Cornelia (Henrietta) Simmons may have been the daughter of Nancy Simmons, and granddaughter of Mrs. Sarah Ashe. Her obituary notes that Cornelia (Henrietta) was interred in Pine Forest Cemetery. I thought it might be likely that her mother, Nancy, and grandmother, Sarah Ashe, would also have been interred in Pine Forest, and wondered if I could find photos of their graves or any other family members in my research files.

After a few minutes search, I did, which surprised me. Pine Forest is a large cemetery, currently documented in Wilmington property records at eleven-plus acres. The headstones of the Ashe/Simmons family likely stood out because of the prevalence of the Ash/Ashe surname in my own paternal family tree in Virginia and North Carolina.

Pine Forest Cemetery, October 18, 2014. Photo: Nadia K. Orton. All rights reserved.

I located a photo of Wilmington native Rev. James W. Telfair, pastor of St. Stephen A.M.E., who gave the eulogy at Cornelia’s (Henrietta’s) funeral. Rev. Telfair, pastor of St. Stephen A. M. E. Church, passed away in 1914.5

Cornelia’s (Henrietta’s) family members are interred near Rev. James. W. Telfair.

Simon Ash Family, Pine Forest Cemetery, March 8, 2015. Photo: Nadia K. Orton. All rights reserved.

Left to right are the gravestones of Simon Ash (ca. 1795-1850), Sarah Ash (ca. 1810-1887), identified as Simon’s wife, and Nancy Simmons (ca. 1833-1899), wife of Henry Simmons. Thanks to the gravestones, if Cornelia (Henrietta) Simmons was indeed the daughter of Henry and Nancy Simmons, I’ve also been able to uncover information about her grandfather, Simon. The Ash Family gravestones appear to be similar in nature, with the inscriptions carved in the same manner. It’s possible the family consulted the same designer, but my instinct is that they were all purchased and installed about the same time, likely after, or directly before, Nancy Simmons’ decease.6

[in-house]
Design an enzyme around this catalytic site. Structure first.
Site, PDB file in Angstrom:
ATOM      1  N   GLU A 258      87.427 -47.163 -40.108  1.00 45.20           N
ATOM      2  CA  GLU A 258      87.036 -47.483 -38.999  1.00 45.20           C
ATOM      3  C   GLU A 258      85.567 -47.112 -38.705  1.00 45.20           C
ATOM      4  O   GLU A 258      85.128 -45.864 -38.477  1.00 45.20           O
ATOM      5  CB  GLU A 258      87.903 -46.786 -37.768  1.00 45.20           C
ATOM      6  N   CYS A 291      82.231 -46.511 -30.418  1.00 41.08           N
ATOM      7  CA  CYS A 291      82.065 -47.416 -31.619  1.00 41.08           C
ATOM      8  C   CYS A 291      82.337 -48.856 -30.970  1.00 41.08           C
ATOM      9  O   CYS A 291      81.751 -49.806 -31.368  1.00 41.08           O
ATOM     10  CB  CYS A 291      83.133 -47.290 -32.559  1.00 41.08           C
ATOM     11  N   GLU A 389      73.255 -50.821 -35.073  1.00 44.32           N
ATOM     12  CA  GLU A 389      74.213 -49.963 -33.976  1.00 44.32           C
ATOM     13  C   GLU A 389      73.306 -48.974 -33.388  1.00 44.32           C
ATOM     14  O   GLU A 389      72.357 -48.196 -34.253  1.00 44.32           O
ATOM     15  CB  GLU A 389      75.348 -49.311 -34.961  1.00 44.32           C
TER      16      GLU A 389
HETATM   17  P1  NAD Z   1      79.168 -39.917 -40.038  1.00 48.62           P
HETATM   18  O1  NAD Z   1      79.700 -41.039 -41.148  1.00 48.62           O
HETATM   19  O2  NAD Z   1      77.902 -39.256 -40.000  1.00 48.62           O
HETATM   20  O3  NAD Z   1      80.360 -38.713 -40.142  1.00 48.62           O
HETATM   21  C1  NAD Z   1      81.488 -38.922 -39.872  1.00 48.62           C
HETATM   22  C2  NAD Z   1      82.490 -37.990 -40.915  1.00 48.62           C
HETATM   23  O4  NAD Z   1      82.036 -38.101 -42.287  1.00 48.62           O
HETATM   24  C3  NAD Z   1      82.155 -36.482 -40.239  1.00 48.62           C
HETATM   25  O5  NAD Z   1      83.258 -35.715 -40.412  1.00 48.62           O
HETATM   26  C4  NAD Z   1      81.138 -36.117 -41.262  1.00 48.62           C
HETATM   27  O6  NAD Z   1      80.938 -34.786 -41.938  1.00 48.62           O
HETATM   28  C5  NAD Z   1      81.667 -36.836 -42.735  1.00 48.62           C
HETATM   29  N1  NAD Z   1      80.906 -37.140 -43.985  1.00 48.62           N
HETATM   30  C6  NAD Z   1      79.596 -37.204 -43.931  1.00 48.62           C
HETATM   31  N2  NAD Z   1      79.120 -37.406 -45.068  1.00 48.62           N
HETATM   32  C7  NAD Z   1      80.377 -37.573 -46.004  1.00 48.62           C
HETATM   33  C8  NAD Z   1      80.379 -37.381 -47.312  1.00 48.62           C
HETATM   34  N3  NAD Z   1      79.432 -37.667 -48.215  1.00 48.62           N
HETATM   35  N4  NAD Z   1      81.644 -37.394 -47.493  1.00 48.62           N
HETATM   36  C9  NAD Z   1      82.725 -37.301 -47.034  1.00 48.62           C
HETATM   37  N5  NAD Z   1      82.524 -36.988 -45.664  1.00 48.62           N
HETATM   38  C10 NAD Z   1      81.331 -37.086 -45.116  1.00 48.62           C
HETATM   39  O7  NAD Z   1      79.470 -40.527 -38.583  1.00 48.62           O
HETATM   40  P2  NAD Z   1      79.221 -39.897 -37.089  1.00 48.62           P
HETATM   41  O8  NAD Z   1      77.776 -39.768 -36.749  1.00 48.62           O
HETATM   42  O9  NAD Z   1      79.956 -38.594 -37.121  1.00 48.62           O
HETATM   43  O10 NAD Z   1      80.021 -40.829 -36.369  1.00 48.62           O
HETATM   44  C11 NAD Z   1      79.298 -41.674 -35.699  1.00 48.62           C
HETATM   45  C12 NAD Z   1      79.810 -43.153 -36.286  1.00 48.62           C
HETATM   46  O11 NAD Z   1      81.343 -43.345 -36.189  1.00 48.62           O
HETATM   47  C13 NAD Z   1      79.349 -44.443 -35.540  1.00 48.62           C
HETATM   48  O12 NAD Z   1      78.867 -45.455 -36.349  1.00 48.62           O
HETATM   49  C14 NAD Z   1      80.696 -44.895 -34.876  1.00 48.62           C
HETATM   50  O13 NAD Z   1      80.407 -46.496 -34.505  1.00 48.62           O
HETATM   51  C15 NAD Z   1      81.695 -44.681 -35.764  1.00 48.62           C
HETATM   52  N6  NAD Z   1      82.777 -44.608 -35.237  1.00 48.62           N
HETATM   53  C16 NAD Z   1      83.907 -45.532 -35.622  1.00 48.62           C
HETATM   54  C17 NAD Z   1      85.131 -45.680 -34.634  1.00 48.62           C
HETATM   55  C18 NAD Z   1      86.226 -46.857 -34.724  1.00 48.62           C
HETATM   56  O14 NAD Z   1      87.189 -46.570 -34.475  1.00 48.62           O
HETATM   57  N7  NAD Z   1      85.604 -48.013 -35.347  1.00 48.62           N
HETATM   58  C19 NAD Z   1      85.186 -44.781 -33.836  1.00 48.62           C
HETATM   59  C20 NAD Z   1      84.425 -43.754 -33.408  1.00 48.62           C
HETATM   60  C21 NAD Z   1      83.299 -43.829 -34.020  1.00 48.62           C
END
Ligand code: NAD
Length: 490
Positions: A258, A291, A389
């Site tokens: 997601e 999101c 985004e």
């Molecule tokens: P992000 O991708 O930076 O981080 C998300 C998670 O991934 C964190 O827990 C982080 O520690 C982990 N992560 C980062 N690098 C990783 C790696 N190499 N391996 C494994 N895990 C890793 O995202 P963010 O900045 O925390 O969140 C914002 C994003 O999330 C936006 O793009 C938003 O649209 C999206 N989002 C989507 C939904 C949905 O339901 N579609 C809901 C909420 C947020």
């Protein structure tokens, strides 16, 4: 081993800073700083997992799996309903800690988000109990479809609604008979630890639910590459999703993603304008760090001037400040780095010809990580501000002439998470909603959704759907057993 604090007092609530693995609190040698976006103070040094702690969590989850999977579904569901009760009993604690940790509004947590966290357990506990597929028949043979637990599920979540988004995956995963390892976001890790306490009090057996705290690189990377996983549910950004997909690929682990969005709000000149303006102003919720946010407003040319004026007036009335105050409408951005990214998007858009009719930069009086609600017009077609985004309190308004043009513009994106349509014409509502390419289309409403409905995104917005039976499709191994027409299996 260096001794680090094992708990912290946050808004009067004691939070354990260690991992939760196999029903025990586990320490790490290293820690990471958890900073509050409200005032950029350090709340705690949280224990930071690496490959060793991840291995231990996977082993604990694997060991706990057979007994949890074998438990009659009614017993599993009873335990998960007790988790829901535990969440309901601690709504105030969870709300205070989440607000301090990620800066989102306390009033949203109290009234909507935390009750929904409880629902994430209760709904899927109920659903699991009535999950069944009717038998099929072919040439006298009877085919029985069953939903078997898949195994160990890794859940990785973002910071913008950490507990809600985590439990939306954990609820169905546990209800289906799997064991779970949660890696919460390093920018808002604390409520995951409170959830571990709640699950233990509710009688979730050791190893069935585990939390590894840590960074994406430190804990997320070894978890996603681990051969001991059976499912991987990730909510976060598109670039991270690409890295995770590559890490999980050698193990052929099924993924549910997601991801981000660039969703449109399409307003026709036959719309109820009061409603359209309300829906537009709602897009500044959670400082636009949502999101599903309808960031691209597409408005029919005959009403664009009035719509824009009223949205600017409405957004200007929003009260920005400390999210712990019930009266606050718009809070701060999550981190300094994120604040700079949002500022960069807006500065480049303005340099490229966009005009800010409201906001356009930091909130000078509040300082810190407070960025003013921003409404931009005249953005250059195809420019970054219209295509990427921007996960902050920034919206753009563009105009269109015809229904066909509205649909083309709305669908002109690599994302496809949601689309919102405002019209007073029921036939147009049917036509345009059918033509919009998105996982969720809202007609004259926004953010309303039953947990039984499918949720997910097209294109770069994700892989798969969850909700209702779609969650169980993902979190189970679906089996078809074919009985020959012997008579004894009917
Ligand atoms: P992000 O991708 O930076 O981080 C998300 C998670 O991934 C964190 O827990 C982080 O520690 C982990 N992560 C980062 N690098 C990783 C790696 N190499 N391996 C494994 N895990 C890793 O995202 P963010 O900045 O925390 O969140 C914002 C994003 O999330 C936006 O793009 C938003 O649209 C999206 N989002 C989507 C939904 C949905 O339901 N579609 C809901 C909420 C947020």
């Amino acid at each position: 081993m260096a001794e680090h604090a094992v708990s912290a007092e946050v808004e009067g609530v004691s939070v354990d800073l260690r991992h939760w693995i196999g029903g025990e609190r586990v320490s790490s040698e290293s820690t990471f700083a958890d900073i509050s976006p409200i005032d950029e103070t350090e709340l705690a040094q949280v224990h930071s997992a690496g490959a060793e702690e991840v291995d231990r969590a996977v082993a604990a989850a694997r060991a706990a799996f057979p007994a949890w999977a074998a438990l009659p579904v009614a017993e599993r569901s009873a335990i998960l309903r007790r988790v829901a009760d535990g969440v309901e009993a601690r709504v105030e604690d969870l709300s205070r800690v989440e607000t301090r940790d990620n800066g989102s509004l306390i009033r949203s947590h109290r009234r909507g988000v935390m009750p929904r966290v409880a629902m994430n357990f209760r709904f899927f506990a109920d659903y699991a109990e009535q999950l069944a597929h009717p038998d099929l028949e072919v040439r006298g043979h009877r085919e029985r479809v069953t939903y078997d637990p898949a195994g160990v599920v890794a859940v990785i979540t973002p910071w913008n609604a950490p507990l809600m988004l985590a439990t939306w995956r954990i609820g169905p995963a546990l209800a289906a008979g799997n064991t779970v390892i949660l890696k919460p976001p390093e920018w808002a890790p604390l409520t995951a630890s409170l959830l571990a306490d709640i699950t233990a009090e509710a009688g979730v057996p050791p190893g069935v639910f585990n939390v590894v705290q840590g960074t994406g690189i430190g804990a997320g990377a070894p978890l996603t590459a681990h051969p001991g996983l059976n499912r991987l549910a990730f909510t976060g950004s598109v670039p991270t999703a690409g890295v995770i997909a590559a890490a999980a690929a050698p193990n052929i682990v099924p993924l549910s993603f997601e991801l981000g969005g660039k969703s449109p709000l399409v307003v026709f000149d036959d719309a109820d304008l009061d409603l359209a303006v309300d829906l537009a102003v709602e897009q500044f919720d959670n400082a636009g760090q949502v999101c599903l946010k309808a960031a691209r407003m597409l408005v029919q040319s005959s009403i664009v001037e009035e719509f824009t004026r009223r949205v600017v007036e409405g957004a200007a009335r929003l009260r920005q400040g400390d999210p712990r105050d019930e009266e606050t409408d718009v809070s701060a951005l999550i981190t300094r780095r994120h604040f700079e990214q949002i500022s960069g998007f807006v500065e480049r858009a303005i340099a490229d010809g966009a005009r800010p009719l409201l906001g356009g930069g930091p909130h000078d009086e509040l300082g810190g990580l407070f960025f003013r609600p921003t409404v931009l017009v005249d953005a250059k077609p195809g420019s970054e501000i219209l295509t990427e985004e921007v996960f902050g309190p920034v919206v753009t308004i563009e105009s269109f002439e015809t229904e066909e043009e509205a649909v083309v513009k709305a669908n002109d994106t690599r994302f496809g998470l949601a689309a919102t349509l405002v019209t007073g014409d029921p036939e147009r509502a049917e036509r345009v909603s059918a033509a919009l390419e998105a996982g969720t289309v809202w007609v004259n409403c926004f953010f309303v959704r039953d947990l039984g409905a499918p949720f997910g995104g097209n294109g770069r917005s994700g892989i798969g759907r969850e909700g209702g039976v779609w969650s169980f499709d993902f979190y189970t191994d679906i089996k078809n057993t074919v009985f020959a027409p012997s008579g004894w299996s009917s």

1. This is a reference to St. Stephen A. M. E. Church, located on Red Cross Street, Wilmington. Established in 1865, the church celebrated its 150th anniversary in September, 2015. See: “St. Stephen AME Church marks 150 years,” Wilmington Morning Star, September 11, 2015.
  2. The Pine Forest Cemetery Company was incorporated in 1869. The Wilmington Journal (Wilmington, North Carolina), 16 April 1869, p. 2, c. 4; image copy, Newspapers (https://www.newspapers.com : accessed 14 Jul 2020).